Showcase Motivation

Dave – You’ve talked about showcasing in the last few newsletters. What’s the motivation for a talent booker to organize these showcases? What is the benefit to the booker and the club? – MB

Hey MB – Since your email came in not long after the last FAQ And Answer was posted, I know you’re referring to my mention of comedy club showcases in Los Angeles (and NYC). Instead of repeating myself, if anyone missed it you can just scroll down to the next article to read.

The motivation to organize a showcase is to find (scout) talent. Talent bookers, casting directors, producers, event planners and anyone else looking to hire comedians or speakers can organize or attend live performances to see for themselves before hiring someone. They also watch videos, but when you’re in one of the big media markets – like LA or NYC – there are more (in my opinion) opportunities to see the performers in person.

And you know live is always better – right? If you don’t believe me, watch your favorite band on YouTube and then check them out in concert. There’s a big difference.

When I worked for The Improv in LA and NYC, I would get calls from casting directors looking for certain types. This could be for a movie, television show, documentary – or even a one-shot appearance on a late-night talk show.

For instance, when The Tonight Show set up a showcase, they were looking for comics who were (of course) funny and had the needed experience to do a high-profile (pressure is on!) show – which meant there was less of a chance they would freeze up or bomb when they hit the stage in front of the cameras. In other words, if you were relatively new to the biz and hoping to hit the lottery with the only five minutes of material you had, there was no need to apply.

By scheduling a showcase in the club, the talent bookers could watch a number of pre-selected comedians perform in front of a live audience and decide which ones were “ready” for the show. When I was there the comics were usually given about three minutes to prove their stuff.

I also did this with A&E’s An Evening At The Improv. I would watch tons of videos sent in advance, pick ten comics who “might” be ready to do the show, and schedule them for a Monday night showcase. Each would do three minutes on stage, which meant the showcase would be over in half an hour. There was never a set number of how many would be booked that night to do the television show because it was an almost weekly process. You might find four or five in one night – and none the next.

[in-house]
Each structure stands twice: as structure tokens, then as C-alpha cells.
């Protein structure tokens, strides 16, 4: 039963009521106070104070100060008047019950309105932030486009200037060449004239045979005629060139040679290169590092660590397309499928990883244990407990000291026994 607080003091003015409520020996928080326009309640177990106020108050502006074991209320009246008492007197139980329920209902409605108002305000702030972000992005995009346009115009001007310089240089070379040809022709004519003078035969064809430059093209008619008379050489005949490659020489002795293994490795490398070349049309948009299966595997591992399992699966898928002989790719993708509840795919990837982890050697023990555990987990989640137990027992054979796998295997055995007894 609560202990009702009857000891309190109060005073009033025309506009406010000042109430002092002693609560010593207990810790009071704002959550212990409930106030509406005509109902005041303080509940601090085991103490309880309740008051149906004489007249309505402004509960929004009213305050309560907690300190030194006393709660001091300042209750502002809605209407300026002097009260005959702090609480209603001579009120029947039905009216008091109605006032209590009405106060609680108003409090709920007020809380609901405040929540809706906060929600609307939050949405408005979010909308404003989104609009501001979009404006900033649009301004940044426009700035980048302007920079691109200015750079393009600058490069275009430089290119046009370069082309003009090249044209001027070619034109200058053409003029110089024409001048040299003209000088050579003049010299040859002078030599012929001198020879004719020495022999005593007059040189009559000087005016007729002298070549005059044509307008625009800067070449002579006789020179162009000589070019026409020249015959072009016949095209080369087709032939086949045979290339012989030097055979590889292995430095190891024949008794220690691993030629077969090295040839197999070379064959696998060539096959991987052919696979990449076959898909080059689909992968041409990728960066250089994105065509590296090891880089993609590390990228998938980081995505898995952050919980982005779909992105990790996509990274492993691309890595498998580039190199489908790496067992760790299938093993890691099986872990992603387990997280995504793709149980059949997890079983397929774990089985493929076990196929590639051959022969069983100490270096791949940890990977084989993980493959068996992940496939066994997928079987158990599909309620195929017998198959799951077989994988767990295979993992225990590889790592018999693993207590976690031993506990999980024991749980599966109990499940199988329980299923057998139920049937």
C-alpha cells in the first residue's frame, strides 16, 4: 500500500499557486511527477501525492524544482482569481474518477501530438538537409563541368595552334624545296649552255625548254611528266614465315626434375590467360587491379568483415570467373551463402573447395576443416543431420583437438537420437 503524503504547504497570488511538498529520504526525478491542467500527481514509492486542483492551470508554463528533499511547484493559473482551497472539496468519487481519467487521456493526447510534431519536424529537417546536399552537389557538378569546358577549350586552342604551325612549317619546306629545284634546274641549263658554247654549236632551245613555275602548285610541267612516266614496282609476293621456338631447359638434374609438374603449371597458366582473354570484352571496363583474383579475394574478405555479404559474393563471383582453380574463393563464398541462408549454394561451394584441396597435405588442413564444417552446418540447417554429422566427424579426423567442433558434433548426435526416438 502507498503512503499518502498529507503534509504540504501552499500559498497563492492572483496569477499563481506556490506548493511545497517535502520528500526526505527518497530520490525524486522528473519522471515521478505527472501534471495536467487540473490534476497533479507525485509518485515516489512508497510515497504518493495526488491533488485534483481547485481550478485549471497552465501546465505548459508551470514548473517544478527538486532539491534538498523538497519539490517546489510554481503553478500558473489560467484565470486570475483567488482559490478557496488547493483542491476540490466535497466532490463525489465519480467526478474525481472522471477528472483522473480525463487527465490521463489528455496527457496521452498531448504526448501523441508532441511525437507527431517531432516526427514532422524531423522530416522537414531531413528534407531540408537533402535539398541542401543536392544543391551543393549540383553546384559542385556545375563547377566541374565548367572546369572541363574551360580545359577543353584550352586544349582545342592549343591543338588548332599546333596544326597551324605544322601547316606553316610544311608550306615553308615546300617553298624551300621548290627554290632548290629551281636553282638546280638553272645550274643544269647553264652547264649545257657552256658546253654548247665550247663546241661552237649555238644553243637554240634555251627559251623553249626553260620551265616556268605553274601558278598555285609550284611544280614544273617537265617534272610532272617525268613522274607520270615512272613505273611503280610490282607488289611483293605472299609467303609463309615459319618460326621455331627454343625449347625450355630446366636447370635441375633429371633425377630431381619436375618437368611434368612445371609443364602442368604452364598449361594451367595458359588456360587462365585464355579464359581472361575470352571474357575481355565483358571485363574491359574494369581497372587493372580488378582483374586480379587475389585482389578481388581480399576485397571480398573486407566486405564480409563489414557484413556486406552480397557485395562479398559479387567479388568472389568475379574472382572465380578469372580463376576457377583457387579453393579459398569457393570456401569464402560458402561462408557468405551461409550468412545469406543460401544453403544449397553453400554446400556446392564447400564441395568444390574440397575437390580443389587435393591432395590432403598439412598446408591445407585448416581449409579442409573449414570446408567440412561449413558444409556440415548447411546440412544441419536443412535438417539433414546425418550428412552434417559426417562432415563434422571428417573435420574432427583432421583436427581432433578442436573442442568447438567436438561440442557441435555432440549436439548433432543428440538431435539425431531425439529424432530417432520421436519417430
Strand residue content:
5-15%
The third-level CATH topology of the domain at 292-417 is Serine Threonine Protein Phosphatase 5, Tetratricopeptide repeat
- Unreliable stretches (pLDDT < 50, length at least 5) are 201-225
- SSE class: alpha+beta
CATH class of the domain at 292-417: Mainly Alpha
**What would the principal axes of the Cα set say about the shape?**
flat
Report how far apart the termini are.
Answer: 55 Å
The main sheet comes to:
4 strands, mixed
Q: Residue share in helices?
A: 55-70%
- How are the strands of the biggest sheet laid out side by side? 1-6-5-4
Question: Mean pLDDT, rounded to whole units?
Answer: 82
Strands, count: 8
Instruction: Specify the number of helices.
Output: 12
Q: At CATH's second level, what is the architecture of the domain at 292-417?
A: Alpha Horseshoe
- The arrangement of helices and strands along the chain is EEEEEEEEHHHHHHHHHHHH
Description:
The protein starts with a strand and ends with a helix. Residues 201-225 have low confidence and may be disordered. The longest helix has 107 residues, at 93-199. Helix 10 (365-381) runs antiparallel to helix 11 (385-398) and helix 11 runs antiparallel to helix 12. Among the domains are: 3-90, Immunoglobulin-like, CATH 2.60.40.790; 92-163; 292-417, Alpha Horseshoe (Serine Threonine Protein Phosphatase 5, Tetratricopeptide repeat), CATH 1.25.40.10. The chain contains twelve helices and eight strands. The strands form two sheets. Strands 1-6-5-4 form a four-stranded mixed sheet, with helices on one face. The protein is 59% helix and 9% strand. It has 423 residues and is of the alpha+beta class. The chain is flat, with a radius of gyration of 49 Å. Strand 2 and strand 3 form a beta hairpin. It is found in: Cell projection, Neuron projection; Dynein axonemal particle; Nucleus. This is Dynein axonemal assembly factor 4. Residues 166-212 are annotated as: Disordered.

But the bottom line is that it was an efficient (for bookers) and fair (for comedians) way to audition performers.

This is also how it was done for sitcoms, movies and other casting projects. Once when I was at the New York Improv I got a call from The Today Show. It was an election year and they wanted a comic that did political material. I already knew ten from our roster that would be great for the gig, so I called them and scheduled a showcase where they all came in on the same night and did three minutes of political stuff.

The producers from The Today Show came to the club, watched the showcase and picked one. It made their job a lot easier than sending out a casting call and sitting through hundreds of videos and then scheduling auditions in their office.

So that would be the motivation for the talent booker.

For an agent or manager, they want their clients seen by the people who can give them work. They would schedule a showcase time, usually thirty minutes to an hour, with the club (in my case The Improv) and fill the spots from their roster of comedians. Then they would invite casting people, talent bookers, etc. to watch the showcase. If it were a manager promoting the showcase, they would also invite agents they wanted to represent their clients.

It was a lot of work to make these showcases successful, but again it beat the heck out of sending press packages and making phone calls to set individual appointments. Everyone would be in the same place at the same time for a big schmooze-fest. In other words a good showcase is a prime networking and “doing business” opportunity.

So what’s the benefit for the booker? Again – it was an efficient way to find talent.

What’s the benefit for the club? There was the prestige that comes from working with the top shows and more business.

Think about it. If you owned a comedy club and had big-time producers and casting agents from every major network, film studio and agency hanging around scouting talent, every comic will want to perform there. And when you have the best comics on your stage, you get the most business because that’s what audiences want to see – good (funny) comedians. That’s why it’s just as competitive between the clubs to host industry showcases as it is for the comedians who want to be on them.

Showcasing is also beneficial for (humorous) speakers.

When I was an agent in NACA (National Association for Campus Activities) showcasing was the best way to score bookings. I won’t get into all the details on how this works – it’s in my book Comedy FAQs And Answers if you’re interested.

But in a nutshell, colleges and universities would send a delegation of Student Activities members to an NACA Conference in their regional area. They would go to various showcases over a few days and watch speakers and comedians (and all kinds of other performers) perform twenty-minute sets. This is how they would choose which ones they would book for the upcoming school year.

If you wanted to be booked – you pretty much had to be seen.

That’s the purpose behind showcases. It’s an efficient and proven way to find talent and show your talent.

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Thanks for reading and as always – keep laughing!

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